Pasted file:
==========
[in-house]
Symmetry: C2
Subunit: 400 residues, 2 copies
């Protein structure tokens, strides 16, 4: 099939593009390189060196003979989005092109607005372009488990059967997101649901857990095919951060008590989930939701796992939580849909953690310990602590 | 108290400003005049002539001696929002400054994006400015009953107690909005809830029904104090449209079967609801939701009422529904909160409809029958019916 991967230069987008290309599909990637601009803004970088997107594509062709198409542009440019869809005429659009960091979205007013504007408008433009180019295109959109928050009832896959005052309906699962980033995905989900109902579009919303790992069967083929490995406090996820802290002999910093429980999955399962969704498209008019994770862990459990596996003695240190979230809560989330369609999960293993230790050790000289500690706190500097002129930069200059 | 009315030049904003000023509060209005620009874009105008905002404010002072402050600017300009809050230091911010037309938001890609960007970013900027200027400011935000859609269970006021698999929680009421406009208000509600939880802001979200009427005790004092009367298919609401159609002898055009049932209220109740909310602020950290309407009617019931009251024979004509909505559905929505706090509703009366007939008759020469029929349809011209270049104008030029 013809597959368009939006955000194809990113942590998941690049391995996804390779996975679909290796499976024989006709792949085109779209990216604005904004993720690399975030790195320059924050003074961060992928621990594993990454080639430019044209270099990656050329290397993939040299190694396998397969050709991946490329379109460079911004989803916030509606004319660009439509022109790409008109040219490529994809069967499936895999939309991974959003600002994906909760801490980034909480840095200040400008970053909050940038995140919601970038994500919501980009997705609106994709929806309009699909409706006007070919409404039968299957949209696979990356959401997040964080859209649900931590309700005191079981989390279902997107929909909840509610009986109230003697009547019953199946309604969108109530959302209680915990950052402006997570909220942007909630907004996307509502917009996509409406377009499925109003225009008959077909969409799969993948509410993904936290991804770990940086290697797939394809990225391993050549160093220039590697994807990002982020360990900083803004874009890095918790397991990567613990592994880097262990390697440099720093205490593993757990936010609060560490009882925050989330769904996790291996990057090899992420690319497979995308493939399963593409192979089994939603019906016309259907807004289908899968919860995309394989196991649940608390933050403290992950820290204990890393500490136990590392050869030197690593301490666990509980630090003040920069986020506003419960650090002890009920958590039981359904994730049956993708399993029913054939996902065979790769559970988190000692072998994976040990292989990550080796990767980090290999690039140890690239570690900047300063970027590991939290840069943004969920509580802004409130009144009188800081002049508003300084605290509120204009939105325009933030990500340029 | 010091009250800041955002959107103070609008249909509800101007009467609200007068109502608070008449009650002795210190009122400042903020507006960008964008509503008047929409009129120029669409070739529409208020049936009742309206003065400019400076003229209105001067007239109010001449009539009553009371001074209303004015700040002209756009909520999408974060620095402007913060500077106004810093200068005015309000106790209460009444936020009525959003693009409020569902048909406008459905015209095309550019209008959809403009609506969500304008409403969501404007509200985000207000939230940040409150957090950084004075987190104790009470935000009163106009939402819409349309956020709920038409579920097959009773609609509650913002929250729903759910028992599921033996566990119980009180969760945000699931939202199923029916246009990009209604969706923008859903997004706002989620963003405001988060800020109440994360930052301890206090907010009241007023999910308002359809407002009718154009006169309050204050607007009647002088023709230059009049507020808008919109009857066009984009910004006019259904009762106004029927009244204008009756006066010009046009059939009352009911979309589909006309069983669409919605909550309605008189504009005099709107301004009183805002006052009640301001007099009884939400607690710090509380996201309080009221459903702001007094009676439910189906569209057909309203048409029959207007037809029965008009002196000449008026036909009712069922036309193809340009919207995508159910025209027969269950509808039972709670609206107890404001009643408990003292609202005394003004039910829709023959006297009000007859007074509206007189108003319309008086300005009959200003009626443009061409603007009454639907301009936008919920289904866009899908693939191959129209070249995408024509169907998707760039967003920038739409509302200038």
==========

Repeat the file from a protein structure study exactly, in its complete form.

[in-house]
Symmetry: C2
Subunit: 400 residues, 2 copies
């Protein structure tokens, strides 16, 4: 099939593009390189060196003979989005092109607005372009488990059967997101649901857990095919951060008590989930939701796992939580849909953690310990602590 | 108290400003005049002539001696929002400054994006400015009953107690909005809830029904104090449209079967609801939701009422529904909160409809029958019916 991967230069987008290309599909990637601009803004970088997107594509062709198409542009440019869809005429659009960091979205007013504007408008433009180019295109959109928050009832896959005052309906699962980033995905989900109902579009919303790992069967083929490995406090996820802290002999910093429980999955399962969704498209008019994770862990459990596996003695240190979230809560989330369609999960293993230790050790000289500690706190500097002129930069200059 | 009315030049904003000023509060209005620009874009105008905002404010002072402050600017300009809050230091911010037309938001890609960007970013900027200027400011935000859609269970006021698999929680009421406009208000509600939880802001979200009427005790004092009367298919609401159609002898055009049932209220109740909310602020950290309407009617019931009251024979004509909505559905929505706090509703009366007939008759020469029929349809011209270049104008030029 013809597959368009939006955000194809990113942590998941690049391995996804390779996975679909290796499976024989006709792949085109779209990216604005904004993720690399975030790195320059924050003074961060992928621990594993990454080639430019044209270099990656050329290397993939040299190694396998397969050709991946490329379109460079911004989803916030509606004319660009439509022109790409008109040219490529994809069967499936895999939309991974959003600002994906909760801490980034909480840095200040400008970053909050940038995140919601970038994500919501980009997705609106994709929806309009699909409706006007070919409404039968299957949209696979990356959401997040964080859209649900931590309700005191079981989390279902997107929909909840509610009986109230003697009547019953199946309604969108109530959302209680915990950052402006997570909220942007909630907004996307509502917009996509409406377009499925109003225009008959077909969409799969993948509410993904936290991804770990940086290697797939394809990225391993050549160093220039590697994807990002982020360990900083803004874009890095918790397991990567613990592994880097262990390697440099720093205490593993757990936010609060560490009882925050989330769904996790291996990057090899992420690319497979995308493939399963593409192979089994939603019906016309259907807004289908899968919860995309394989196991649940608390933050403290992950820290204990890393500490136990590392050869030197690593301490666990509980630090003040920069986020506003419960650090002890009920958590039981359904994730049956993708399993029913054939996902065979790769559970988190000692072998994976040990292989990550080796990767980090290999690039140890690239570690900047300063970027590991939290840069943004969920509580802004409130009144009188800081002049508003300084605290509120204009939105325009933030990500340029 | 010091009250800041955002959107103070609008249909509800101007009467609200007068109502608070008449009650002795210190009122400042903020507006960008964008509503008047929409009129120029669409070739529409208020049936009742309206003065400019400076003229209105001067007239109010001449009539009553009371001074209303004015700040002209756009909520999408974060620095402007913060500077106004810093200068005015309000106790209460009444936020009525959003693009409020569902048909406008459905015209095309550019209008959809403009609506969500304008409403969501404007509200985000207000939230940040409150957090950084004075987190104790009470935000009163106009939402819409349309956020709920038409579920097959009773609609509650913002929250729903759910028992599921033996566990119980009180969760945000699931939202199923029916246009990009209604969706923008859903997004706002989620963003405001988060800020109440994360930052301890206090907010009241007023999910308002359809407002009718154009006169309050204050607007009647002088023709230059009049507020808008919109009857066009984009910004006019259904009762106004029927009244204008009756006066010009046009059939009352009911979309589909006309069983669409919605909550309605008189504009005099709107301004009183805002006052009640301001007099009884939400607690710090509380996201309080009221459903702001007094009676439910189906569209057909309203048409029959207007037809029965008009002196000449008026036909009712069922036309193809340009919207995508159910025209027969269950509808039972709670609206107890404001009643408990003292609202005394003004039910829709023959006297009000007859007074509206007189108003319309008086300005009959200003009626443009061409603007009454639907301009936008919920289904866009899908693939191959129209070249995408024509169907998707760039967003920038739409509302200038």